The recommended infill is similar to the recommended base: a clean, crushed rock with a particle size ranging from 3/8 to 1/2 inch. The system’s integrally molded mesh bottom is designed specifically to contain the aggregate infill and minimize aggregate movement under vehicle loading and turning stresses. Locked together with U-clips to form one integrated load distribution pavement, the aggregate pavers distribute loading across the pavement surface. Similar porous pavement products that come on rolls have little flexural strength and require road-base material with significant fines as the base in order to provide the required structural strength, greatly reducing the permeability of the system.
Unlike hard-surface pavements that shed water from the surface, the Geopave system, with its highly permeable infill and base, accepts water, significantly reducing runoff and allowing for natural percolation to recharge aquifers. At The Ridges, a crushed limestone infill was used for the parking area and a contrasting-colored buckshot crushed aggregate in the walkways, both of which were sourced locally. The different aggregates allowed for delineation between the walkways and parking areas and provided an aesthetically pleasing solution. The permeable nature of the GeoPave open-grid pavement system (at least 50% pervious) and light color of the infill helped qualify for the heat-island effect LEED credits by creating a cooler pavement than is typical with asphalt.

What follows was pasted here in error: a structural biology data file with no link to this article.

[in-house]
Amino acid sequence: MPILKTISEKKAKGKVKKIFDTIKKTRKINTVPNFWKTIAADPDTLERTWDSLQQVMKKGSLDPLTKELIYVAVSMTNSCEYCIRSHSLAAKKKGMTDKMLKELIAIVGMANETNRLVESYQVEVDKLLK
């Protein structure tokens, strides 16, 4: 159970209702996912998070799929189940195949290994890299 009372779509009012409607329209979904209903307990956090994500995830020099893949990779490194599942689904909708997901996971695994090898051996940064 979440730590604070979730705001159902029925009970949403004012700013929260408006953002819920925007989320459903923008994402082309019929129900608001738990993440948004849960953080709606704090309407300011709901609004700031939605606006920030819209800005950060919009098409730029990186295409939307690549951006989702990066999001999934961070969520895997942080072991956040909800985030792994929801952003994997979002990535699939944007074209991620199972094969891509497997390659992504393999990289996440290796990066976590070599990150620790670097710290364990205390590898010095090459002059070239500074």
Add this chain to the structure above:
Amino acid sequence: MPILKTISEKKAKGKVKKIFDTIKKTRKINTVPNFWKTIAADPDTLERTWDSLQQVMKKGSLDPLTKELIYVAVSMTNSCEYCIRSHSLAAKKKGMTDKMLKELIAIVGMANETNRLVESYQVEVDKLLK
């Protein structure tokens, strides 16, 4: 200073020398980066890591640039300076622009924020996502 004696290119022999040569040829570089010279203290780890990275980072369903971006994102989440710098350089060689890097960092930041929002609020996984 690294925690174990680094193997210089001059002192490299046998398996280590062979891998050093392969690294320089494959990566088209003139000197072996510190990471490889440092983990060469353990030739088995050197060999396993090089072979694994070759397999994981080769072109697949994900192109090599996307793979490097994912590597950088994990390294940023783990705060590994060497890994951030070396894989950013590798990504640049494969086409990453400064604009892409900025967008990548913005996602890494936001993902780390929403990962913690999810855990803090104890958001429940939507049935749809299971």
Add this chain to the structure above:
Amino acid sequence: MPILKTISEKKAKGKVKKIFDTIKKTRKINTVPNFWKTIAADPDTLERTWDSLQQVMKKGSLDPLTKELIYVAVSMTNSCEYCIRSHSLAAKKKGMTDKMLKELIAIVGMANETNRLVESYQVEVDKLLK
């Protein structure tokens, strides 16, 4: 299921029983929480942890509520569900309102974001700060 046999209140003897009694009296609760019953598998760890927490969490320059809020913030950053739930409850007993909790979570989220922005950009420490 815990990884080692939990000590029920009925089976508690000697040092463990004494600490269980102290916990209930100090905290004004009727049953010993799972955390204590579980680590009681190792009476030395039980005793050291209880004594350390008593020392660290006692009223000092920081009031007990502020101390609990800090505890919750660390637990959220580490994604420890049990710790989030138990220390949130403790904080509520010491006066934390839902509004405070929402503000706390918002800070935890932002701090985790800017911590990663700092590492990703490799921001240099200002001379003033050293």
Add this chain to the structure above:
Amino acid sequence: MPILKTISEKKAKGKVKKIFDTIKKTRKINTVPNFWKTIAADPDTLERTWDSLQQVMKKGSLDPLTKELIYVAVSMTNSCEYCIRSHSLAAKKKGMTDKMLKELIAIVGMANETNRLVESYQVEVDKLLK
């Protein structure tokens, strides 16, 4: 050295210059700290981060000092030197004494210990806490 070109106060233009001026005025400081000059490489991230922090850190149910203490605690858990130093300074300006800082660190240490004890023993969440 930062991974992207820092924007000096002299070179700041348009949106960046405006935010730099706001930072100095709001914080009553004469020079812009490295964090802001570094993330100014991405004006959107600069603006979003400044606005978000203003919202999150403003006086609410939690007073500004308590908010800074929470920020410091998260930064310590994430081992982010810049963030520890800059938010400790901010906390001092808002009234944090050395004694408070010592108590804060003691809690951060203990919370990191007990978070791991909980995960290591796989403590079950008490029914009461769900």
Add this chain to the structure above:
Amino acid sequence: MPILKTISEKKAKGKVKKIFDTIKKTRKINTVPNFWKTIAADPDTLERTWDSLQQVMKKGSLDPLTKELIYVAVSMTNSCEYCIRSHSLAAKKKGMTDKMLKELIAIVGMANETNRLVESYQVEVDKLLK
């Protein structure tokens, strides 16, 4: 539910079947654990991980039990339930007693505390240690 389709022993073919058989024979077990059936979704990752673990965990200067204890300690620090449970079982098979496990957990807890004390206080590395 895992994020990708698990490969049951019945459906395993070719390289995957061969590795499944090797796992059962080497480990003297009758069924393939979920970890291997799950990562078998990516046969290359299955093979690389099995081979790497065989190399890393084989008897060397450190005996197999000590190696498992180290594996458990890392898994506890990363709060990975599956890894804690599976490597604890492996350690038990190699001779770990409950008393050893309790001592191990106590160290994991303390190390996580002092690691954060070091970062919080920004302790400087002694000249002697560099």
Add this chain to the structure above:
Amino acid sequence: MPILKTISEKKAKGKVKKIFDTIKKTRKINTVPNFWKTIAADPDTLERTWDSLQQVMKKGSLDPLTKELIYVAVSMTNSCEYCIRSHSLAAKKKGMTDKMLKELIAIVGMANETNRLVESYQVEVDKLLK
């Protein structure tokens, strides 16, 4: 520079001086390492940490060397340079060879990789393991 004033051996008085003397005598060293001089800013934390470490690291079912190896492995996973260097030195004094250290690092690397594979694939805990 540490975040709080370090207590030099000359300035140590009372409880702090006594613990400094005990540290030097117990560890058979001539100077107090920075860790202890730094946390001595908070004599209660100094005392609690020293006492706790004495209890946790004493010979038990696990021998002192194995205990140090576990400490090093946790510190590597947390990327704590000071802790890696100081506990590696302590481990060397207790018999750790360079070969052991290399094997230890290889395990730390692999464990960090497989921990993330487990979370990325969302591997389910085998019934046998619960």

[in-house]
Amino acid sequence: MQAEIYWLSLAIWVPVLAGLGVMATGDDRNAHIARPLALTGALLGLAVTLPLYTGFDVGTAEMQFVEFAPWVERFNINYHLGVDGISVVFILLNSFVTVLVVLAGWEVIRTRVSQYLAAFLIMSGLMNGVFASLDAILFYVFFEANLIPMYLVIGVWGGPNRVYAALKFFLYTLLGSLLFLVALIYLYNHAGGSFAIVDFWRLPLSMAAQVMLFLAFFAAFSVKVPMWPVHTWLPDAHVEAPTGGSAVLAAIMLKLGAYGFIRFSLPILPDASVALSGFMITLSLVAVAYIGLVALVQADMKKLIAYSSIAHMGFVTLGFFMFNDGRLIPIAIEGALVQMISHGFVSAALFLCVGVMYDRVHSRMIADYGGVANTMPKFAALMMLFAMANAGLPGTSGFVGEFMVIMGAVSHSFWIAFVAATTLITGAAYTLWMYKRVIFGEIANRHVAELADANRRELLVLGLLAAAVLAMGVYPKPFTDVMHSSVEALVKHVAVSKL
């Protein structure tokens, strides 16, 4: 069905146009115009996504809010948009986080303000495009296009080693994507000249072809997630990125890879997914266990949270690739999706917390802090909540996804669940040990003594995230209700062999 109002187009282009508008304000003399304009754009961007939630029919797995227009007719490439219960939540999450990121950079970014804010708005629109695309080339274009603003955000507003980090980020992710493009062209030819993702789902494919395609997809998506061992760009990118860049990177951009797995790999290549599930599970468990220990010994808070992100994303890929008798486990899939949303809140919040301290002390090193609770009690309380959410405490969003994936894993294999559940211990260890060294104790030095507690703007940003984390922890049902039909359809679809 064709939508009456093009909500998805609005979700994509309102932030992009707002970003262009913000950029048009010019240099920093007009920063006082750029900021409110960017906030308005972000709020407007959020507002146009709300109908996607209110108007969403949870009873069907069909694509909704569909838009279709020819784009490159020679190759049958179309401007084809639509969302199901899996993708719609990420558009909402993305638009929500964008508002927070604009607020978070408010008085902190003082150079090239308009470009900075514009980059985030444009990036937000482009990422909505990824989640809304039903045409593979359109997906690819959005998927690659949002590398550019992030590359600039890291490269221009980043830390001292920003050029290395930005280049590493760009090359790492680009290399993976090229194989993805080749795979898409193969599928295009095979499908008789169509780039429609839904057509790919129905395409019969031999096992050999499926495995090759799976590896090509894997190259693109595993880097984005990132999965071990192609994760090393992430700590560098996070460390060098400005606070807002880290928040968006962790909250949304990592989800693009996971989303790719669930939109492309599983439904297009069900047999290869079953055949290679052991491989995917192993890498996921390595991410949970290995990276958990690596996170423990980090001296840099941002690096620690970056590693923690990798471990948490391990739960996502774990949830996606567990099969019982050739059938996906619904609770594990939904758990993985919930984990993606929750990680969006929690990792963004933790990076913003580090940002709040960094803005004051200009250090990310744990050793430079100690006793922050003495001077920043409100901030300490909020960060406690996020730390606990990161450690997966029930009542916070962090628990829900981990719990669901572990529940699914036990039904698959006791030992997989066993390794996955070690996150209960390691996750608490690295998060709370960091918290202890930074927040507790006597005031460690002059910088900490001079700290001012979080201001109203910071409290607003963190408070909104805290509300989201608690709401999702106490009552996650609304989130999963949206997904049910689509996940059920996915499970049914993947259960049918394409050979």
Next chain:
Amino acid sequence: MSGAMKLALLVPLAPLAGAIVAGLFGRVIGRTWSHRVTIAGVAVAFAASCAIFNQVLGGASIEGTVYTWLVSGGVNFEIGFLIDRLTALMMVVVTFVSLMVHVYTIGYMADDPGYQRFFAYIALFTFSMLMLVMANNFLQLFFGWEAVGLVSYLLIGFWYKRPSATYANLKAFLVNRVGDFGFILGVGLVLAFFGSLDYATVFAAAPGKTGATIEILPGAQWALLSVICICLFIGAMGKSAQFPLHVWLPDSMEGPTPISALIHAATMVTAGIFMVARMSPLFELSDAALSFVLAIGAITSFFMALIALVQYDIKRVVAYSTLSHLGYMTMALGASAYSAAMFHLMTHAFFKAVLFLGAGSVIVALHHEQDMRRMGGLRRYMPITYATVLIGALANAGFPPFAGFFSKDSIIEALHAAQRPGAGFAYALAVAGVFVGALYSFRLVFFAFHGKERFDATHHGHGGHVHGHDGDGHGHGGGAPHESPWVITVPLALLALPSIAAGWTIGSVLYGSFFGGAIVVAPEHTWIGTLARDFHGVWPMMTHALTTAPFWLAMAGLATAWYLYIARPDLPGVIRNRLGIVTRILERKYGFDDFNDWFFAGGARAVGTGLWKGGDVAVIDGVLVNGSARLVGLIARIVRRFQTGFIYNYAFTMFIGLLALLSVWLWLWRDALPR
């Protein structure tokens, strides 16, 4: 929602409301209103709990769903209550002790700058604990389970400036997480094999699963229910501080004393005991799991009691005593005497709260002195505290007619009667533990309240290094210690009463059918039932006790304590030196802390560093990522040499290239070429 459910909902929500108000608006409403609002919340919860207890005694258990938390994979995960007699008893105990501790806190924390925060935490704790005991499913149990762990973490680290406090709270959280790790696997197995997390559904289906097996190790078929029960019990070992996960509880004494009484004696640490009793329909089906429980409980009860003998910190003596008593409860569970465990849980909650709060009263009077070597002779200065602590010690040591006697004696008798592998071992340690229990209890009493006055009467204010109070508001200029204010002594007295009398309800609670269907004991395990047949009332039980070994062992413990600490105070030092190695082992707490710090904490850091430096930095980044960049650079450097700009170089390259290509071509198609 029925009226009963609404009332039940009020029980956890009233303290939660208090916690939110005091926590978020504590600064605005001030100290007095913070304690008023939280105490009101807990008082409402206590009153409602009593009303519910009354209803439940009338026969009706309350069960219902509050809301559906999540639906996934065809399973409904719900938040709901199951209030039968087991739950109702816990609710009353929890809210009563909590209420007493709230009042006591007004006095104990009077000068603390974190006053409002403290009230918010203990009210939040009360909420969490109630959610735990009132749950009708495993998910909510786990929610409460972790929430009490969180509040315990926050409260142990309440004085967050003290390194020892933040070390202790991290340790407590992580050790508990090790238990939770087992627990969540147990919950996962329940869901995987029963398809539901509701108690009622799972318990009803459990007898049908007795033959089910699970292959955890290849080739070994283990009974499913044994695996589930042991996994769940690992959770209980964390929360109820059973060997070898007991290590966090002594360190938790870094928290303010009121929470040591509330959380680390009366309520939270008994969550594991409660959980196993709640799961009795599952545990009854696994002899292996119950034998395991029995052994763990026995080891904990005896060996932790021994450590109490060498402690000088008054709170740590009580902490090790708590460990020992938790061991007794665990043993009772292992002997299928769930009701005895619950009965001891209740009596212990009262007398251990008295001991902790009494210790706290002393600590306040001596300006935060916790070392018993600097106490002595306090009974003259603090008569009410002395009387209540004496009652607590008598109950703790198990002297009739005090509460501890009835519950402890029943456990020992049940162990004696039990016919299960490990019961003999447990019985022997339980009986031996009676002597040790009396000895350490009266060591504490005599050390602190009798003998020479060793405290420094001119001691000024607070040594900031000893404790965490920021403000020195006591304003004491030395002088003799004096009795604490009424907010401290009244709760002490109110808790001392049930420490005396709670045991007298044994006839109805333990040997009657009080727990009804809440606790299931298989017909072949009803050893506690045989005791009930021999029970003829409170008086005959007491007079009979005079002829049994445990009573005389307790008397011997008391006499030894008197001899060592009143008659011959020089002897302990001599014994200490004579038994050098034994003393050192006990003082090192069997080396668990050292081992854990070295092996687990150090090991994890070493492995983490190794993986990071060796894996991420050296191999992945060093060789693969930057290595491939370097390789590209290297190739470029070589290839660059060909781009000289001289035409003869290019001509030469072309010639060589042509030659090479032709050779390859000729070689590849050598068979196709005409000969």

Increases in green initiatives and compliance with stormwater regulations are driving the demand for pavements that allow natural rainwater infiltration and reduce stormwater runoff. Permeability can be obtained through systems that are vegetated, aggregate-filled, or porous hard-surfaced. Aggregate-filled systems offer economical solutions for pavements while addressing these stormwater issues.
“We are extremely pleased with the level of interest visitors have expressed in the Geopave product and delighted we’ve had the opportunity to talk with them about this very practical way of making a personal investment in the environment,” adds Drew.